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Technical Paper

The Effects of Injector Targeting and Fuel Volatility on Fuel Dynamics in a PFI Engine During Warm-up: Part II - Modeling Results

The effects of injector targeting and fuel volatility on transient fuel dynamics were studied with a comprehensive quasi-dimensional model and compared with experimental results from Part I of this report (1). The model includes the transient, convective vaporization of four multi-component fuel films coupled with a transient thermal warm-up model for realistic valve, port and cylinder temperatures (2, 3). Two injector targetings were analyzed, first with the fuel impacting the intake valve and in addition, the fuel impacting the port floor directly in front of the intake valve. The model demonstrates the importance of both component temperature and fuel impaction area on fuel vaporization, transient air fuel ratio (AFR) response and the amount of liquid fuel entering the cylinder. Generally, a smaller injector footprint area will lead to more liquid fuel entering the cylinder even if the spray is targeted at the back of the intake valve.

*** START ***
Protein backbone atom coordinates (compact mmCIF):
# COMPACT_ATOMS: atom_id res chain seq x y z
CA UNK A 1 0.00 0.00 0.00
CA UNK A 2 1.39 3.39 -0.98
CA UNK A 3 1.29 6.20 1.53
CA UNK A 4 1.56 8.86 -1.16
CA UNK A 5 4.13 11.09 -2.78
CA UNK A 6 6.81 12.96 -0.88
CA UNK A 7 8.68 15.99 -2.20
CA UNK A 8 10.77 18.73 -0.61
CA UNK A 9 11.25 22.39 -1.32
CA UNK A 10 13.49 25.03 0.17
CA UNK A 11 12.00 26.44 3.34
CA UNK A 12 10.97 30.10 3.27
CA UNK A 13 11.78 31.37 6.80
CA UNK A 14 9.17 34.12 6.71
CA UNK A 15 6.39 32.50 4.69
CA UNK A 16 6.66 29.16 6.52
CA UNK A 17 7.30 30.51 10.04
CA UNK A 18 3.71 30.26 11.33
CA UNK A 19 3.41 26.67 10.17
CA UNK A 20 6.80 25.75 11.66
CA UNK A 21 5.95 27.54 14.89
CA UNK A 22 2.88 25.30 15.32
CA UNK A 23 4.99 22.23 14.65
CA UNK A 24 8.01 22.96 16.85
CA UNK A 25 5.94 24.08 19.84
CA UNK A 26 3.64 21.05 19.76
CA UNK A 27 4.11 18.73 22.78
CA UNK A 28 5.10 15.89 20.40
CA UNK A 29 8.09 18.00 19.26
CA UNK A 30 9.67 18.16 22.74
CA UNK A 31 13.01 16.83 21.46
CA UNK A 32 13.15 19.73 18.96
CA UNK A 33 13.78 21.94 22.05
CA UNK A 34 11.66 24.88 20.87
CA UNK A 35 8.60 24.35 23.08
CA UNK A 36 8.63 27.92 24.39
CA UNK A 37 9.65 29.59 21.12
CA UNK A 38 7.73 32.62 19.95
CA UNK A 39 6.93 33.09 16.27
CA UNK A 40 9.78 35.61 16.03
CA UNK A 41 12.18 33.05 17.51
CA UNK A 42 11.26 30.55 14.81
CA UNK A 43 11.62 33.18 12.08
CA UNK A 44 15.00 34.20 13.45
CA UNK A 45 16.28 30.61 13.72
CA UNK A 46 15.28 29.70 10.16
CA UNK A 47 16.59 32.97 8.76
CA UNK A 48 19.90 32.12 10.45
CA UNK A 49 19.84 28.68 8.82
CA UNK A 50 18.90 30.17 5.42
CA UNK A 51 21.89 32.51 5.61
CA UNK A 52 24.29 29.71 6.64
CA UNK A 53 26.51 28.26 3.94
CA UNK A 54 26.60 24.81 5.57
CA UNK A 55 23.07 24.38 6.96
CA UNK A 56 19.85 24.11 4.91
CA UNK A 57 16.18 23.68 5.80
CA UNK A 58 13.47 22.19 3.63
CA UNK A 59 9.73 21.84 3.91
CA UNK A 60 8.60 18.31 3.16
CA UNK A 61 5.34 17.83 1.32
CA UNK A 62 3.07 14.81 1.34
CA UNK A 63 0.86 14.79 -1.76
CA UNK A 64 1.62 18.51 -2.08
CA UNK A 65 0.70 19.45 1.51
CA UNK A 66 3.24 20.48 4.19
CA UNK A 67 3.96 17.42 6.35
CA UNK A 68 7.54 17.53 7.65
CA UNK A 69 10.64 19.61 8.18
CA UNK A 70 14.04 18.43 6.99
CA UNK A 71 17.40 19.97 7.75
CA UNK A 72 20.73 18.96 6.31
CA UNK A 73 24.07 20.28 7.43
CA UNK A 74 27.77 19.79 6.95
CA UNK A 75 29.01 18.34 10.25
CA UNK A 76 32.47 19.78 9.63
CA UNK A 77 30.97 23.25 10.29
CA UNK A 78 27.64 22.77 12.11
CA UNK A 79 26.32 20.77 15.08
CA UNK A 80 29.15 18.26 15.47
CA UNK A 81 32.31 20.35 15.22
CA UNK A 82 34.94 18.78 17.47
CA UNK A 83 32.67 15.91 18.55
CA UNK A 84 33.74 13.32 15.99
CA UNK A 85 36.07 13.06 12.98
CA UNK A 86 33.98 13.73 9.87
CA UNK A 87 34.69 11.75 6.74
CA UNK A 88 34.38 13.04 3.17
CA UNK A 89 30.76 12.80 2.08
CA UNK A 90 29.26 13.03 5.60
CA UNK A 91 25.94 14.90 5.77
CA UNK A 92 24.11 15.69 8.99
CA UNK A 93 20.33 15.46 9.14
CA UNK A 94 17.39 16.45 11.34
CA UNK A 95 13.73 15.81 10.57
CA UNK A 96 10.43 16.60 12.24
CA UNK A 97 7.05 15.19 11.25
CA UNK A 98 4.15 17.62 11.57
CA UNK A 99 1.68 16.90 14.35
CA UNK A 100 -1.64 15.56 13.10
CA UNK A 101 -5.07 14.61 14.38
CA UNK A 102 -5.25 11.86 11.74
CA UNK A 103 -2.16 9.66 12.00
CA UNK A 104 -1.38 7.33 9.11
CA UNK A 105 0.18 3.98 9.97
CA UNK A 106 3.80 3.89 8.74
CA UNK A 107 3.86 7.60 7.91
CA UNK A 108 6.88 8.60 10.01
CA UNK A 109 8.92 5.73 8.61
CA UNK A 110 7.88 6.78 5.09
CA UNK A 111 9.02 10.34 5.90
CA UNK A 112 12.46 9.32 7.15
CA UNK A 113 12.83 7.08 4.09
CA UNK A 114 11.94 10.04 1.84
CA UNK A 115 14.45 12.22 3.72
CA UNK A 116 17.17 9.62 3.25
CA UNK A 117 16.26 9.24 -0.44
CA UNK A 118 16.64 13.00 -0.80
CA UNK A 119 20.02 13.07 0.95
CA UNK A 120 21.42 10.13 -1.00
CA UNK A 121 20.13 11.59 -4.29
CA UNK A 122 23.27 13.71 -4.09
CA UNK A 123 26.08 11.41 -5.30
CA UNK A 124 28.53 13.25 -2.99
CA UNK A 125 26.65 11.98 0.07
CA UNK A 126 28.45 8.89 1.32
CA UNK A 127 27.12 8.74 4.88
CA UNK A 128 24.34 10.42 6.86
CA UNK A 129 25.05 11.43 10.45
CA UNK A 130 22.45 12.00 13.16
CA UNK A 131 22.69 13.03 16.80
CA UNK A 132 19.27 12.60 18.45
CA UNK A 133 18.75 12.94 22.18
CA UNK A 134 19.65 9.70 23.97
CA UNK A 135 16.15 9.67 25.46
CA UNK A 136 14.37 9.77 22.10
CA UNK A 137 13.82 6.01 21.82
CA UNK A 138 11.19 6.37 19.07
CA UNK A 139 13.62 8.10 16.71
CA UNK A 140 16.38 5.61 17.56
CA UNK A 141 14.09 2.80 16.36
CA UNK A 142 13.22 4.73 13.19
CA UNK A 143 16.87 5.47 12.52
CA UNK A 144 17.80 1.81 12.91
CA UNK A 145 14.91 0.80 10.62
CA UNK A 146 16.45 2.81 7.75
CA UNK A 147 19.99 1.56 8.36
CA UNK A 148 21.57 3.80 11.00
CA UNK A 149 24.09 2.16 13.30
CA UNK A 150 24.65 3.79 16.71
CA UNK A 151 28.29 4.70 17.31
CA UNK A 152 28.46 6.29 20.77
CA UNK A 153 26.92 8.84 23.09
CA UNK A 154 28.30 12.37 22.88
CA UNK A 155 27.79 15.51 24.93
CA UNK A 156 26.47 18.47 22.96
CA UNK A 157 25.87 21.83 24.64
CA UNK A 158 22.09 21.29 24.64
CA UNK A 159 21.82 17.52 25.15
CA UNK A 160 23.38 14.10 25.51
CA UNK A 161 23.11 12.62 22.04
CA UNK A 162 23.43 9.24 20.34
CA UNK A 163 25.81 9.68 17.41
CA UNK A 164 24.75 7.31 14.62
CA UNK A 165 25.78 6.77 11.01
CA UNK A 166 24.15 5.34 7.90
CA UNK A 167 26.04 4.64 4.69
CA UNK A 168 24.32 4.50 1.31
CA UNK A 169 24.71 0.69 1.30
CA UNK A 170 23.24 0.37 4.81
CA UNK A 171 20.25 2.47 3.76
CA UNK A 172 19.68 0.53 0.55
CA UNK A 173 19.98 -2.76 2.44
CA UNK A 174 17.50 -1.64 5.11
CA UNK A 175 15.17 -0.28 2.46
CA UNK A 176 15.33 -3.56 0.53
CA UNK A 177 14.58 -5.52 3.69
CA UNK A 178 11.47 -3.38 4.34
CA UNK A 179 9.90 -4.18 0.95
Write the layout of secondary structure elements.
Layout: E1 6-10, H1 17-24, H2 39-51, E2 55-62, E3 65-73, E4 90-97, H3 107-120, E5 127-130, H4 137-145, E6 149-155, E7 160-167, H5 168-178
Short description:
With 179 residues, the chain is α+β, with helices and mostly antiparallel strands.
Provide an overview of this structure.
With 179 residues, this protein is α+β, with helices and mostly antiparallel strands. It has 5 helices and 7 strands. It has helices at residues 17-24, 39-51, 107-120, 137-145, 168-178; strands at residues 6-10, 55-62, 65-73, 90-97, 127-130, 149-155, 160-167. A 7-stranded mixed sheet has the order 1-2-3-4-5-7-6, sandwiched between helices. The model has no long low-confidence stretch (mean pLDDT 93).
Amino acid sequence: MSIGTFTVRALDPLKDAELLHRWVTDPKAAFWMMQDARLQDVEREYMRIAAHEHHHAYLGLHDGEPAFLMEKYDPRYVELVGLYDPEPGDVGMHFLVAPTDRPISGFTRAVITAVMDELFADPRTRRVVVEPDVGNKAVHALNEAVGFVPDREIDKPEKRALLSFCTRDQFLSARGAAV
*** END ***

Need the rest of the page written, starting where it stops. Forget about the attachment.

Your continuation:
Technical Paper

The Occurrence of Flash Boiling in a Port Injected Gasoline Engine

The occurrence of flash boiling in the fuel spray of a Port Fuel Injected (PFI) spark ignition engine has been observed and photographed during normal automotive vehicle operating conditions. The flash boiling of the PFI spray has a dramatic affect on the fuel spray characteristics such as droplet size and spray cone angle which can affect engine transient response, intake valve temperature and possibly hydrocarbon emissions. A new method of correlating the spray behavior using the equilibrium vapor/liquid (V/L) volume ratio of the fuel at the measured fuel temperature and manifold pressure is introduced.